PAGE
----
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The albums of February 2019: Sharon Van Etten, Ariana Grande, Panda Bear

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Having taken time off from to explore careers avenues, including acting, scoring films and a psychology degree, while also becoming a mother for the first time, Sharon Van Etten has returned with a laser-focused album that sees her flourishing as a musical artist.

While much of her prior albums leaned heavily on a country twang, Remind Me Tomorrow marks a satisfying expanse of her sound. Key to this transformation is the introduction of producer John Congleton, most famous for his work with St Vincent and now a go-to producer for artists looking for an art-rock makeover.

While Van Etten’s prior recordings were dipped in occasional distortion and reverb that almost made it sound like it was being blasted out of an old AM radio, Remind Me Tomorrow is much more lush in its instrumentation and crisp in its mastering. It adds a layer of intimacy that makes the fragility of her first-person narratives even more striking.

Van Etten has long delved into an early abusive relationship for her work, and that remains a topic she is exploring. Love, loss, romance and break-ups are evoked with fragmentary moments in time that are hauntingly real and universal in their appeal.

Songs like I Told You Everything and Jupiter 4 display Van Etten’s ability to build moods of slowly escalating dread, while Comeback Kid and Seventeen show a keen ear for pop melodic hooks and rock and rock rhythms.

This is 2019’s first great album. 

Ariana Grande – thank u, next (3.5 stars)

While many of the other claimants to the crown of Queen of Pop (Taylor Swift, Katy Perry, Lady Gaga, Beyonce etc) are diverting some of their attention towards new endeavours, Thank U, Next marks Ariana Grande’s ascendancy to that rarefied pinnacle.

While the path to pop supremacy is littered with challenges that need to be overcome, few have had to surmount so much in such a short period of time, while emerging in such glorious and triumphant fashion as Grande. 

The horrific bombing at her concert in Manchester, the death of her former partner, rapper Mac Miller, and the tabloid fodder of her engagement and break-up with SNL star Pete Davidson are but a few of the stories that have formed the backdrop to the past year or two of Grande’s career.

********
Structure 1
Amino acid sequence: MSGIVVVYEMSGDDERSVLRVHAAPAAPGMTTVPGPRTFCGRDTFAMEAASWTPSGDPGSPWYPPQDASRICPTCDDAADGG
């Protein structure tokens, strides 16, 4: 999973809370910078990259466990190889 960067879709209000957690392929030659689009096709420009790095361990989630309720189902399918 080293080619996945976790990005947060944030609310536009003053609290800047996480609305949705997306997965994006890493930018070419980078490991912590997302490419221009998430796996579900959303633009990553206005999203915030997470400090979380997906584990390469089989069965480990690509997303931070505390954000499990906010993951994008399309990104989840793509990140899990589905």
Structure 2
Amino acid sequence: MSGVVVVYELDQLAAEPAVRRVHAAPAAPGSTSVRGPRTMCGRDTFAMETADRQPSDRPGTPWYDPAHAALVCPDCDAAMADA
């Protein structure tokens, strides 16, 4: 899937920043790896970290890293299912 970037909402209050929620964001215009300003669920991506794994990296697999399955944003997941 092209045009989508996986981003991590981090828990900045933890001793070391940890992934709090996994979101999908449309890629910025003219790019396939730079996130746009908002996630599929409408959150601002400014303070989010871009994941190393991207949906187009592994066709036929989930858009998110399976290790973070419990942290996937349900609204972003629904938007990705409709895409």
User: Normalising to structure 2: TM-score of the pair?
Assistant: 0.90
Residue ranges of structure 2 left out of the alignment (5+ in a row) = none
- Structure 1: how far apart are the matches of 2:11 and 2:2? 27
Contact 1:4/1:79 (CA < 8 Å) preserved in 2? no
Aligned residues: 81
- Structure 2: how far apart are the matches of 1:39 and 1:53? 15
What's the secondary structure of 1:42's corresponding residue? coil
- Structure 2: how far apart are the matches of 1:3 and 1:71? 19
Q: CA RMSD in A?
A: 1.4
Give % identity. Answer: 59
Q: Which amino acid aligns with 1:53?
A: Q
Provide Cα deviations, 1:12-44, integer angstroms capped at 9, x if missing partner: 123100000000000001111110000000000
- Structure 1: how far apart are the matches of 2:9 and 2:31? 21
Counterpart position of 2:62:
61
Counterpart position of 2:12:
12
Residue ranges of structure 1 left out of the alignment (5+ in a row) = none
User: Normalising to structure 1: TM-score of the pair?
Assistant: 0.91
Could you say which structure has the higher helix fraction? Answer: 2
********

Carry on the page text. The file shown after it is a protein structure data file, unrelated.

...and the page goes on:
Despite concerns that the five month gap between her previous album, Sweetener, would result in a rushed or rough effort, the production and writing team (which includes Swedish hit-maker Max Martin) has delivered an immaculate and sparse backdrop to showcase Grande’s vocal talents and lyrical flourishes. The result is a collection of quintessentially of-the-moment pop songs. 

It’s rare for any pop artist to leave their prospective singles to late in the album, but Grande goes one step further by closing the record with the one-two-three dose of 7 Rings, Thank U, Next, and Break Up With Your Girlfriend, I’m Bored. With these Grande became the first artist since The Beatles to hold the top three spots on the US charts simultaneously. 

The ubiquity of these songs at the moment may lead to feelings of audio overdose, but there’s no denying the precise production and nifty songwriting behind these tunes. Meanwhile, throughout the album, tracks like Imagine, Needy and Fake Smile have Grande showing great depth to her vocal skills, utilising her four octave range to not just show off but to convey real emotion. 

There are plenty of pop pretenders who rely on churning out uninspiring rehashes of other hits. While Thank U Next, doesn’t try and push too many boundaries, it does display Grande’s sheer force of personality and talent, with some great tunes to boot.

Panda Bear – Buoys (3 stars) 

While possessing an impressive solo career, Noah Lennox, aka Panda Bear, is best known as one of the core components and song-writing forces behind Animal Collective, probably the most influential and critically acclaimed US alternative rock band of the noughties. 

Between 2000 and 2009, the band released eight albums that explored the wild frontiers of what would be considered song structures, instrumentation and melodic hooks. Lennox’s solo output has followed a similar varied terrain.

While his previous solo release, Panda Bear Meets the Grim Reaper, was a swarming menagerie of sounds that sounded not too dissimilar to an old-school record, Buoys has Lennox stripping down his palette of instruments for  more minimalist fare.

At the core is his unique style of guitar work. Often forsaking standard tuning and chords, Lennox wields the instrument as an artefact of noise, using echo, tremolo and reverb effects on top to build up cavernous soundscapes. Dolphin and Buoys are great examples of how Lennox uses simple melodies and precise effects to create a much greater whole. 

Much like his main outfit, how much you enjoy Buoys is likely to be influenced by an appetite for experimental song structures. But, regardless, it remains a fascinating addition to one of alternative music’s most intriguing canons. 


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